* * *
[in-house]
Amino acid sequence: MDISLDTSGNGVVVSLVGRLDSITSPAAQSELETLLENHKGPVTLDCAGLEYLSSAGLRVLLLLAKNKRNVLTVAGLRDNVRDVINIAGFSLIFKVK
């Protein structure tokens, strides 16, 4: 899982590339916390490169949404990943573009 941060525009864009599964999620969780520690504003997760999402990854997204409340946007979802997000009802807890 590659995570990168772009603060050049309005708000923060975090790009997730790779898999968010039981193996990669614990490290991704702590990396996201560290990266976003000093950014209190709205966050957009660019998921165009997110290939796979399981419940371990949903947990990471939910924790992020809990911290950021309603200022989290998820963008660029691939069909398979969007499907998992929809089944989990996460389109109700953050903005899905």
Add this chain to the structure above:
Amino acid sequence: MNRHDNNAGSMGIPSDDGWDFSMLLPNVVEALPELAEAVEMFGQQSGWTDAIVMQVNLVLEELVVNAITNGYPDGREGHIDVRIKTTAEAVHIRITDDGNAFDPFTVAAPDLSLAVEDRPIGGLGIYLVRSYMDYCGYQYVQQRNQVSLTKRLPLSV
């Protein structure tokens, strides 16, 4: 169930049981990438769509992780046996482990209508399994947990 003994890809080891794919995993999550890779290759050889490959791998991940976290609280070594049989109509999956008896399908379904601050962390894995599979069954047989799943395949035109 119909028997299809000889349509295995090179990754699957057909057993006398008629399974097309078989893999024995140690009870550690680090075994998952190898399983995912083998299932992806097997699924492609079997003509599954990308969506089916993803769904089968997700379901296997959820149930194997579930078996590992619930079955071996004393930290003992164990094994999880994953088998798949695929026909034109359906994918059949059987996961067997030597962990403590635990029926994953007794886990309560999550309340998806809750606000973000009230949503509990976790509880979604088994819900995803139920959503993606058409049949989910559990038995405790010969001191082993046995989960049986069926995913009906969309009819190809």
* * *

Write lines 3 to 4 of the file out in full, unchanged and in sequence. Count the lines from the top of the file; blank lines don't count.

């Protein structure tokens, strides 16, 4: 899982590339916390490169949404990943573009 941060525009864009599964999620969780520690504003997760999402990854997204409340946007979802997000009802807890 590659995570990168772009603060050049309005708000923060975090790009997730790779898999968010039981193996990669614990490290991704702590990396996201560290990266976003000093950014209190709205966050957009660019998921165009997110290939796979399981419940371990949903947990990471939910924790992020809990911290950021309603200022989290998820963008660029691939069909398979969007499907998992929809089944989990996460389109109700953050903005899905």
Add this chain to the structure above: